A baby girl died Tuesday after being left in a hot car outside a grocery store in Virginia, according to local media reports.
The 10-month-old girl is the 21st child to die this year after being left in a hot car, according to NoHeatStroke.org, which tracks pediatric vehicular heatstroke deaths in the United States.
Police responded to a home in Richmond around 2 p.m. local time, according to WTVR. The TV station reported that the woman drove home from the grocery store before calling 911. The relationship between the woman and the baby is unclear.
Richmond police did not immediately respond to USA TODAY’s request for comment.
Temperatures in Richmond were in the low 90s in the afternoon hours. According to the National Highway Traffic Safety Administration, a car can heat up 20 degrees in just 10 minutes and become deadly.
The girl is the third child to die in a hot car in the past week, according to NoHeatStroke.org.
Last Thursday, 3-year-old Daylin Palmer died in Smyrna, Tennessee, after being left inside a car for more than two hours when temperatures reached 95 degrees, according to the Murfreesboro Daily News Journal. He died of vehicular heatstroke. The boy’s father, Dylan Scott Levesque, 23, was charged with aggravated child abuse and neglect.
Two days earlier, 3-year-old Oliver Dill died after being left in a car at the University of Southern Indiana. His father is an assistant professor of accounting, according to local CBS affiliate, who realized halfway through the day that he had forgotten his child. It is unclear whether his father, Andrew Dill, will be charged with a crime.
In 2018, 52 children died of vehicular heatstroke after being left in hot cars, according to NoHeatStroke.org. Jan Null, a research meteorologist at San Jose State University, has been researching child vehicular heatstroke since 2001, and running the tracking site for almost as long.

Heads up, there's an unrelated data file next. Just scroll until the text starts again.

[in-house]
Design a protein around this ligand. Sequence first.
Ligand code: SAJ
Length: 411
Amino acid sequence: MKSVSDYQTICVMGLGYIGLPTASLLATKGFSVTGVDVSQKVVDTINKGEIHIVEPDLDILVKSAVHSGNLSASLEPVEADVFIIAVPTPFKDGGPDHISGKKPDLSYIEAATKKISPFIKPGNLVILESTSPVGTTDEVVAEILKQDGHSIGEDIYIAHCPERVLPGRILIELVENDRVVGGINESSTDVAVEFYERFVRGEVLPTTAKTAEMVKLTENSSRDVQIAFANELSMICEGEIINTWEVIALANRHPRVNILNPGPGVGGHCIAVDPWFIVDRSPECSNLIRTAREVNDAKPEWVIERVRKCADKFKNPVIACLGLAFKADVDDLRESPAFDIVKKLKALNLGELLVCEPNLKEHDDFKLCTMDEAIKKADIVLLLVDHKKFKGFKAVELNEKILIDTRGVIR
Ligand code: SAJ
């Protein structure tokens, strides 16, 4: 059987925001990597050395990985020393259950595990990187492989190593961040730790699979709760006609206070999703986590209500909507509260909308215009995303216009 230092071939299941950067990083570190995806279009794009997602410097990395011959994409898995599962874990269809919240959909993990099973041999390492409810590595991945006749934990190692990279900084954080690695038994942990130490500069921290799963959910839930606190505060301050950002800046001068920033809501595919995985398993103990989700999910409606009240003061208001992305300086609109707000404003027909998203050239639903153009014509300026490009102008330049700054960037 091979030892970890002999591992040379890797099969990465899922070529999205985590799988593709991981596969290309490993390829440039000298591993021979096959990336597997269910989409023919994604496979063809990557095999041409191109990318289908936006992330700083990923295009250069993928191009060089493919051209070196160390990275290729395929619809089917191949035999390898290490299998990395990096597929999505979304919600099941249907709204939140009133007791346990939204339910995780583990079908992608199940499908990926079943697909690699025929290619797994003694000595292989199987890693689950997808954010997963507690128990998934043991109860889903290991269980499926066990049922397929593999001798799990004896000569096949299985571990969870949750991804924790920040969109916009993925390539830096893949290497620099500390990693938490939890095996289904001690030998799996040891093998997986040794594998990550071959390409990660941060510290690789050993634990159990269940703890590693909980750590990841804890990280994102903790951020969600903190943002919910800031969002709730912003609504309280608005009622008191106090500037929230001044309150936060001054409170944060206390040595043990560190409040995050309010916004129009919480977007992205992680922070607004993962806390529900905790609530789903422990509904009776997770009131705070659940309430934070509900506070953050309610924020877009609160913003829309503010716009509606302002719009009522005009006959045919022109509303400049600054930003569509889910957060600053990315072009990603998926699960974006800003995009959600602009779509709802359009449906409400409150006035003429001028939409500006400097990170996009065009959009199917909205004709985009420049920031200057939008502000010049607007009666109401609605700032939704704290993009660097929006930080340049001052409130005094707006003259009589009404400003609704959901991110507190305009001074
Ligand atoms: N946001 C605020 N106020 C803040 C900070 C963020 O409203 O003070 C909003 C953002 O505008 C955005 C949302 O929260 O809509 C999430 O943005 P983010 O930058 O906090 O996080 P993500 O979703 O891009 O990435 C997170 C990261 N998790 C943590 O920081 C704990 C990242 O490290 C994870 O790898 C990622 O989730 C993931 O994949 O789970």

Null said that since 1998 more than 800 children have died after being left in hot cars.
According to his data, Null said 54 percent of child vehicular heatstroke deaths occur after a parent or caregiver unintentionally leaves a child in a car.
“The biggest hurdle to overcome is the thought ‘I would never forget my child,'” Null said. Parents who refuse to admit they could ever be capable of forgetting their precious child are less likely to invest in preventative technology, he said.
Lawmakers are trying to require that all new cars be equipped with technology that could sound alarms if the presence of a child was detected.
“No one thinks a hot car tragedy can happen to them or their family. That is precisely why technology is necessary. The fact that technology exists to save the lives of children, but is not being included in all new vehicles is inconceivable,” said Janette Fennell, founder and president of KidsAndCars.org. “I am heartbroken knowing that families are holding their precious children right now that will no longer have them by the end of summer.”
In addition to rear seat occupant sensors and apps like Kars 4 Kids Safety that remind drivers to check the backseat, here are some other ways to prevent your child from overheating in a hot car:
- Keep a stuffed animal in your child’s car seat. When you put your child in the car seat, move the stuffed animal to the passenger seat as a visual reminder.
- When you buckle your child in the back seat, leave your lunch, keys or cell phone next to them, something you can’t carry on your day without.
- Ask your child’s preschool or daycare to call you if they are not dropped off at the normal time.
- Keep your vehicle locked at all times when not in use, keep keys out of reach of children, and teach children that the car is not a play area.
- Remember that it is never OK to leave a child in a car unattended. Even for things like running into the convenience store, or going back inside the house to grab something, “If you’re out of arm’s reach you’re probably too far,” Null said.
Contributing: Murfreesboro Daily News Journal.